Religious Freedom severely restricted in Donbas region
The organisation Forum 18 has been monitoring the human rights of Christians and other religious communities in the area of eastern Europe, and they recently published a survey on the situation in the Luhansk region in Ukraine. They state that freedom of religion is severely restricted in the rebel zone occupied by the Luhansk People's Republic (LPR), which makes up a third of the Luhansk region. In this area, all Protestant and non-Moscow Patriarchate Orthodox communities are rendered illegal, there are repeated denials of permission to a Catholic priest to live in the region, Evangelical and Catholic literature is being banned and there is an overall fear about discussing these — among other — human rights violations.
"All human rights including the freedom of religion and belief are severely restricted in the rebel self-declared Luhansk People's Republic (LPR), which currently (February 2022) controls about a third of Ukraine's Luhansk Region." reads the report by Forum 18.
Since 2018, the LPR has imposed a restrictive Religion Law, which has made it mandatory for religious communities that were already registered under Ukrainian law to re-register. This law made it illegal for any religious association to exist without gaining the rebel permission to exist, which made it impossible for Protestant and non-Moscow Patriarchate Orthodox communities to exist legally. Forum 18 also reports punishments for "illegal" worship meetings.
In addition, it seems that the State Security Ministry (SSM) secret police banned all Ukrainian Baptist Union communities, despite this being banned under LPR law. There have been "repeated raids on places of worship" and "unregistered religious associations" have been denied access to any buildings they own or have been cut off gas, water and electricity supplies. There is furthermore high "surveillance of local religious communities". This fosters a climate of fear about discussing human rights violations.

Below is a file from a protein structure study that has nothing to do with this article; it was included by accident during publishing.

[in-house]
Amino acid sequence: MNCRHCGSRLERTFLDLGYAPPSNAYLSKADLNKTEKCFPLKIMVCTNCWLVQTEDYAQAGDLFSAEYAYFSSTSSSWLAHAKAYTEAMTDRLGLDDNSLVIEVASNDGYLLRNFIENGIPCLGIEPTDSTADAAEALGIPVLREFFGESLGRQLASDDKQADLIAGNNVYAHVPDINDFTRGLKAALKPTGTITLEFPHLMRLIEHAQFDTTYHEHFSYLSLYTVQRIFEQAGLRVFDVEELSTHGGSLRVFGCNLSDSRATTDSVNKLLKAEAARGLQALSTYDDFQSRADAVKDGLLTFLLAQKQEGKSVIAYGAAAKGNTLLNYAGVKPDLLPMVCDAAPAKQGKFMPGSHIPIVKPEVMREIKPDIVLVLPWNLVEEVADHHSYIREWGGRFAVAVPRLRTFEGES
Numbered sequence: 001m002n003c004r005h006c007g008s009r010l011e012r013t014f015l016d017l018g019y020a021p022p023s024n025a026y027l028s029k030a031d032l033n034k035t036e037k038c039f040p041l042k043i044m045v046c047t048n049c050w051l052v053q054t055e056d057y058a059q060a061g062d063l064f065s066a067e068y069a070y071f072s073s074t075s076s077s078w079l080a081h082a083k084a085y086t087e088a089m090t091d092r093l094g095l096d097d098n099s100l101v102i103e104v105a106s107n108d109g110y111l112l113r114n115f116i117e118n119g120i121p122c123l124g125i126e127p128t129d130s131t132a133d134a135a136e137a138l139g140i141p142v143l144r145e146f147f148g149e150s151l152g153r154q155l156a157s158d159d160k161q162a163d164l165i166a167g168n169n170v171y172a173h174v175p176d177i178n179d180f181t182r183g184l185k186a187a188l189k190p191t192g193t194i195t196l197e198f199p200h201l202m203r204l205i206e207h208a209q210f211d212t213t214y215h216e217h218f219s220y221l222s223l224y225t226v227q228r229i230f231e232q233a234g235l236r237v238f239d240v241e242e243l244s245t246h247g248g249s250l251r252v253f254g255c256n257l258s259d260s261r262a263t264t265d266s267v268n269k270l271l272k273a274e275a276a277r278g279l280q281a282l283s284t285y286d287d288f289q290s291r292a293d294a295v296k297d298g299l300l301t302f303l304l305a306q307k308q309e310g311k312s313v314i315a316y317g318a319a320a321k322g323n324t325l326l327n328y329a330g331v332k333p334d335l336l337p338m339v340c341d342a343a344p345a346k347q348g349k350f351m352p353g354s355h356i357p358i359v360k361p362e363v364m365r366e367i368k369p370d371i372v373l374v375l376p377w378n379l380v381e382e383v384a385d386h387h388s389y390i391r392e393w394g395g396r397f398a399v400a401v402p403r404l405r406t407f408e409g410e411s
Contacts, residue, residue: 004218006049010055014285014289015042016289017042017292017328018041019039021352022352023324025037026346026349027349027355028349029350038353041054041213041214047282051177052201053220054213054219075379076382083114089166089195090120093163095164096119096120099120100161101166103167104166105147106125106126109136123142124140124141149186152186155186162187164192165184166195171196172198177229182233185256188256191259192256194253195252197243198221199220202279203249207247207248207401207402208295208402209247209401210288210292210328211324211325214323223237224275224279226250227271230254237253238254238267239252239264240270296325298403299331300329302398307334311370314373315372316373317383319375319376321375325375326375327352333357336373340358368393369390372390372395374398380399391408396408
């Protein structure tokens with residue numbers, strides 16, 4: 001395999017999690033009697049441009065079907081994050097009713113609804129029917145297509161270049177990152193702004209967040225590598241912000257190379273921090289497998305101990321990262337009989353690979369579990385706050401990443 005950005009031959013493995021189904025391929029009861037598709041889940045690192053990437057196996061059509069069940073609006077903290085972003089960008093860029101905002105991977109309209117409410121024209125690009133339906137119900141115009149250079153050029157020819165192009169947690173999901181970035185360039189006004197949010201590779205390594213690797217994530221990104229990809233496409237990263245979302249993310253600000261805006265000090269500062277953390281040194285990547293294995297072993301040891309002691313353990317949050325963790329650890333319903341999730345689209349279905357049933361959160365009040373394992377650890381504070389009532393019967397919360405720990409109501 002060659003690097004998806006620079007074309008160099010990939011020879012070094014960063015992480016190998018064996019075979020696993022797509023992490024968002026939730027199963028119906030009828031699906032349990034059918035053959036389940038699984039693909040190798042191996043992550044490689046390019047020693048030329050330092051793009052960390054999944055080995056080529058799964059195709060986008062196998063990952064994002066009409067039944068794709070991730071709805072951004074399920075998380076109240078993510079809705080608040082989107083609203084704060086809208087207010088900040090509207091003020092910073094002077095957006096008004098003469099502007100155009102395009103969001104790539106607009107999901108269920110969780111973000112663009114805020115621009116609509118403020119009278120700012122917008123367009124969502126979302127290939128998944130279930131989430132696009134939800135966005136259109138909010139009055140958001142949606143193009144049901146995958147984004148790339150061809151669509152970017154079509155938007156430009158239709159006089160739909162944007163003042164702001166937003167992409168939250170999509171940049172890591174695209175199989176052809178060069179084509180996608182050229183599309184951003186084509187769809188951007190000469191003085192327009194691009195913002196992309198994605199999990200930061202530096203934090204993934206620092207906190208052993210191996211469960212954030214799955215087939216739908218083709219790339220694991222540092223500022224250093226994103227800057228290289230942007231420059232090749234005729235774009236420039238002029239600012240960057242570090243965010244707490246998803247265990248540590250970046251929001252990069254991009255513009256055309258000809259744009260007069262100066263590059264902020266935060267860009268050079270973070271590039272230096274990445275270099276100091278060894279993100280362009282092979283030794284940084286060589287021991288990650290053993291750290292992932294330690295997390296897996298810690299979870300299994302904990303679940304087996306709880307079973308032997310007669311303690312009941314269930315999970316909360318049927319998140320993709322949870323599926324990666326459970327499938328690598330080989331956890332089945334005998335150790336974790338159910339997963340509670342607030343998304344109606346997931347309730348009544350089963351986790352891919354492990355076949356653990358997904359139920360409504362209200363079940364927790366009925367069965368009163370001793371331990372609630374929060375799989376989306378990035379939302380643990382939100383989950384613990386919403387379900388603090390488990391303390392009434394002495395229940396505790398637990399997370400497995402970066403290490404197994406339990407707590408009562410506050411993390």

Forum 18 also lists that contact with believers of any faith elsewhere in Ukraine has become difficult or impossible for the people in this region. A Catholic priest faced repeated denials of permission to continue to live in Luhansk since 1993 and nuns have been denied authorization to return to a parish. This means that Catholics have been incapable to receive Communion at Mass.
Lastly, there is "an increasing list of banned allegedly "extremist" books", which include Christian books, among them is an edition of the Gospel of John.
For more insight into the context of this situation visit: Forum 18
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